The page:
April 1 1926 – the first Italian commercial flights between Turin-Pavia-Venice-Trieste
Many are the memories and the records that our aviation has consigned to History, not merely the previously-mentioned exploits of Faccioli, Brach Papa, Laureati, De Bernardi and others.
April 1, 1926 is certainly a historic date, not only for the city of Turin, but for Italy itself: it was the day when, on the initiative of the sisa company of Trieste (Italian Society of Air Services) owned by Andrea and Callisto Cosulich, an Italian commercial air service was established with the first regular link between Turin-Pavia-Venice-Trieste by Cant 10 Ter seaplanes built by Cantiere Navale Triestino.
The Cant 10 seaplane, with its FIAT a12 bis, 6-cylinder 300 HP engine, could carry four passengers and two crew members (a pilot and an engineer, sometimes substituted by a second pilot) plus 50 kilos of mail.
A test flight was carried out on March 28, 1926, carrying mail, newspapers and journalists, who were thus the first passengers.
The official inauguration took place on April 1 and was effected by two pairs of seaplanes which departed from Portorose (Trieste) and Turin; the westbound was scheduled to land at Venice (Sant’Andrea hydrobase, now the Lagoon), Pavia while the eastbound aircraft made stops in the opposite direction.
In Turin, the aircraft took off from the River Po, in the stretch between the Isabella bridge and the Umberto bridge.
Due to the strong winds of the Bora that were sweeping through the city, the planned departure of the seaplanes from Trieste harbor was abandoned in favor of the nearby Portorose bay.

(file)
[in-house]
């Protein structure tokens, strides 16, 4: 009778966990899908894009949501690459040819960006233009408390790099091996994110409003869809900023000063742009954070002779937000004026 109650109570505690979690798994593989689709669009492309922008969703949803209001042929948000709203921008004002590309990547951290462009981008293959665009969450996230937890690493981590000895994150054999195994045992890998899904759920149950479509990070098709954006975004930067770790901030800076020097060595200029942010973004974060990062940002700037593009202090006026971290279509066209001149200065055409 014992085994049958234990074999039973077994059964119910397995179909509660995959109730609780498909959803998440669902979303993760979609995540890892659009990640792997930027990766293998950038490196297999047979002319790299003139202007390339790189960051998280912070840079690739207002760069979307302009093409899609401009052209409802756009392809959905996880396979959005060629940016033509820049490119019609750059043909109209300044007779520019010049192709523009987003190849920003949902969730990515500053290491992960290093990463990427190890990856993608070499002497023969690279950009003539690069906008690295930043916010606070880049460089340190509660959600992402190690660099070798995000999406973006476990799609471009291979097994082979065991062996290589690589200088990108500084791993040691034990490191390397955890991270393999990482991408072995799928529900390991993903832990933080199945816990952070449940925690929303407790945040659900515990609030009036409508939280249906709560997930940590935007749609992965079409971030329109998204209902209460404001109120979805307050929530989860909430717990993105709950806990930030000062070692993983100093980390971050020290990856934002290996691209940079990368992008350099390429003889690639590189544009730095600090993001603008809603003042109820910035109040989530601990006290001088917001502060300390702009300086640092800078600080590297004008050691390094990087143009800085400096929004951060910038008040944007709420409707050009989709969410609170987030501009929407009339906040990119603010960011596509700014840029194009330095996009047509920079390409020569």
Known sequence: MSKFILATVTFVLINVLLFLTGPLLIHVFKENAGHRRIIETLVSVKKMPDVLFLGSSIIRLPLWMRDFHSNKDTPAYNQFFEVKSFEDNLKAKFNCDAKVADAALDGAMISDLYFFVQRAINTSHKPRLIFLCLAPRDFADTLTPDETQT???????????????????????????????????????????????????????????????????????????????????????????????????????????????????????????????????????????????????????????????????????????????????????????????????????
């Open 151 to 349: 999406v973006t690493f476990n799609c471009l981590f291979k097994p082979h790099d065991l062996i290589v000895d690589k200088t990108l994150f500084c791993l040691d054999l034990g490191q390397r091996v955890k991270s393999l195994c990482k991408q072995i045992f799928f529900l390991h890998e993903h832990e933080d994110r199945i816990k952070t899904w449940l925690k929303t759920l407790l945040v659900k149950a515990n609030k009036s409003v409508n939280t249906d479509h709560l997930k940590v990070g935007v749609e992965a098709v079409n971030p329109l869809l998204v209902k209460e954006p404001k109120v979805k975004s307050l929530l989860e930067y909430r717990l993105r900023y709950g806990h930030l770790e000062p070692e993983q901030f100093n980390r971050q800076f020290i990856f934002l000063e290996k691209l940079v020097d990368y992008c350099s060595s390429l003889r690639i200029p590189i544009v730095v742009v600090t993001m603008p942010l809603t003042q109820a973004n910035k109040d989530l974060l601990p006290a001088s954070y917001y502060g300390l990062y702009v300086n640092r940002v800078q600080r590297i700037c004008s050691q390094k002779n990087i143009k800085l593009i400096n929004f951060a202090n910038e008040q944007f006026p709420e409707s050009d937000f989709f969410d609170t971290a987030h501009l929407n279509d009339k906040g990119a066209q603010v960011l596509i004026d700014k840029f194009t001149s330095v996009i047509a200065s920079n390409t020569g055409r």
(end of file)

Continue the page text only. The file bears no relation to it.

According to the press, massive crowds had gathered along the Trieste shoreline near the floating hydrobase of the Audace Pier in the San Giorgio basin, but the wind gusting to around 60-70 kilometers per hour made a takeoff manifestly impossible for the two Turin-bound seaplanes.
In the main hall of the Hotel Savoia, Trieste, where most of the authorities from all over Italy were staying, an early-morning meeting was held to decide the best course of action. The possibility of a postponement was never considered, since the good names of Cosulich and Trieste itself were at stake. It was thus decided that the aircraft would take off from Portorose area, protected from the wind by the surrounding hills.
The Cosuliches rapidly organized a fleet of cars in front of the Savoy Hotel and in less than an hour ferried guests and authorities to the hangar of the sisa flying school, near the old Piran shipyard while the people of Trieste, who had come to see the departure, remained disappointed, getting only a view of the sea ruffled by the wind.
At 12,02 the two Cant 10 ter, one piloted by Luigi Maria Ragazzi, the other by Antonio Majorana, took off from Portorose, ushering in the era of scheduled flights in Italia.